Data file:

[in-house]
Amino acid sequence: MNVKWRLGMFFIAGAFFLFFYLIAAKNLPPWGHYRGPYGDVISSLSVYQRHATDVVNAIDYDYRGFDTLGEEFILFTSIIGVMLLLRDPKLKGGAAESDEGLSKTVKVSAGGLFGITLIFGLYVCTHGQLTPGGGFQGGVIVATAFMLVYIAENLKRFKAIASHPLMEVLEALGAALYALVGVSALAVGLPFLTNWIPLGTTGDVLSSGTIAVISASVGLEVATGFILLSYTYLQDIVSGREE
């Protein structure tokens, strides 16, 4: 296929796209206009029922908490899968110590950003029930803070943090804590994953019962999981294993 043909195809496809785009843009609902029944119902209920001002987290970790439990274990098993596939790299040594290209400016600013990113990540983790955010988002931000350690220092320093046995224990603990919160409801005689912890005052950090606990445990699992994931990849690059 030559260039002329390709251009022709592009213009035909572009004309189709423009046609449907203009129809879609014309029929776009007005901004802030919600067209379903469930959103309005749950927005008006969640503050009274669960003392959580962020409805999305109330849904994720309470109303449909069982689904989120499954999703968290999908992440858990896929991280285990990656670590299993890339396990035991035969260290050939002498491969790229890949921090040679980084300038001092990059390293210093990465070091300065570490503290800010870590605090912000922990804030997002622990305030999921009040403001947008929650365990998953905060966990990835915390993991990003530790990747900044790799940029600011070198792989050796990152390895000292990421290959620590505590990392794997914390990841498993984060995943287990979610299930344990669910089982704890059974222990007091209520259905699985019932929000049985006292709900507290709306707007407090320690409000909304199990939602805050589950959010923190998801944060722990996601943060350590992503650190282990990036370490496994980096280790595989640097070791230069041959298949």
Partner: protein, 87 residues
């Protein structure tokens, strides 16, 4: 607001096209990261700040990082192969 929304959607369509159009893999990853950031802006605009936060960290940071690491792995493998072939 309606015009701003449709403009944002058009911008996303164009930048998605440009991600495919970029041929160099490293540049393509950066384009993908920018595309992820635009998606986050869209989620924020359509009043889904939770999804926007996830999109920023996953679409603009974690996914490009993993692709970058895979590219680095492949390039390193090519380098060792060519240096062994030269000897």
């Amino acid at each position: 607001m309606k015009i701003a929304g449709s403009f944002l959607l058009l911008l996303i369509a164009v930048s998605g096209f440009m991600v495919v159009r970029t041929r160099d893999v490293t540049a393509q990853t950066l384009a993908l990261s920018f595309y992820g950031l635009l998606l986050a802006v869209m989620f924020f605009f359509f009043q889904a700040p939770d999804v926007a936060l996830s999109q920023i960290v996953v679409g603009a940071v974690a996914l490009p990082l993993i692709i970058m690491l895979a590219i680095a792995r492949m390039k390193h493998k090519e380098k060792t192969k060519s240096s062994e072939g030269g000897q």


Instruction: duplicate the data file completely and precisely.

[in-house]
Amino acid sequence: MNVKWRLGMFFIAGAFFLFFYLIAAKNLPPWGHYRGPYGDVISSLSVYQRHATDVVNAIDYDYRGFDTLGEEFILFTSIIGVMLLLRDPKLKGGAAESDEGLSKTVKVSAGGLFGITLIFGLYVCTHGQLTPGGGFQGGVIVATAFMLVYIAENLKRFKAIASHPLMEVLEALGAALYALVGVSALAVGLPFLTNWIPLGTTGDVLSSGTIAVISASVGLEVATGFILLSYTYLQDIVSGREE
């Protein structure tokens, strides 16, 4: 296929796209206009029922908490899968110590950003029930803070943090804590994953019962999981294993 043909195809496809785009843009609902029944119902209920001002987290970790439990274990098993596939790299040594290209400016600013990113990540983790955010988002931000350690220092320093046995224990603990919160409801005689912890005052950090606990445990699992994931990849690059 030559260039002329390709251009022709592009213009035909572009004309189709423009046609449907203009129809879609014309029929776009007005901004802030919600067209379903469930959103309005749950927005008006969640503050009274669960003392959580962020409805999305109330849904994720309470109303449909069982689904989120499954999703968290999908992440858990896929991280285990990656670590299993890339396990035991035969260290050939002498491969790229890949921090040679980084300038001092990059390293210093990465070091300065570490503290800010870590605090912000922990804030997002622990305030999921009040403001947008929650365990998953905060966990990835915390993991990003530790990747900044790799940029600011070198792989050796990152390895000292990421290959620590505590990392794997914390990841498993984060995943287990979610299930344990669910089982704890059974222990007091209520259905699985019932929000049985006292709900507290709306707007407090320690409000909304199990939602805050589950959010923190998801944060722990996601943060350590992503650190282990990036370490496994980096280790595989640097070791230069041959298949």
Partner: protein, 87 residues
């Protein structure tokens, strides 16, 4: 607001096209990261700040990082192969 929304959607369509159009893999990853950031802006605009936060960290940071690491792995493998072939 309606015009701003449709403009944002058009911008996303164009930048998605440009991600495919970029041929160099490293540049393509950066384009993908920018595309992820635009998606986050869209989620924020359509009043889904939770999804926007996830999109920023996953679409603009974690996914490009993993692709970058895979590219680095492949390039390193090519380098060792060519240096062994030269000897």
């Amino acid at each position: 607001m309606k015009i701003a929304g449709s403009f944002l959607l058009l911008l996303i369509a164009v930048s998605g096209f440009m991600v495919v159009r970029t041929r160099d893999v490293t540049a393509q990853t950066l384009a993908l990261s920018f595309y992820g950031l635009l998606l986050a802006v869209m989620f924020f605009f359509f009043q889904a700040p939770d999804v926007a936060l996830s999109q920023i960290v996953v679409g603009a940071v974690a996914l490009p990082l993993i692709i970058m690491l895979a590219i680095a792995r492949m390039k390193h493998k090519e380098k060792t192969k060519s240096s062994e072939g030269g000897q």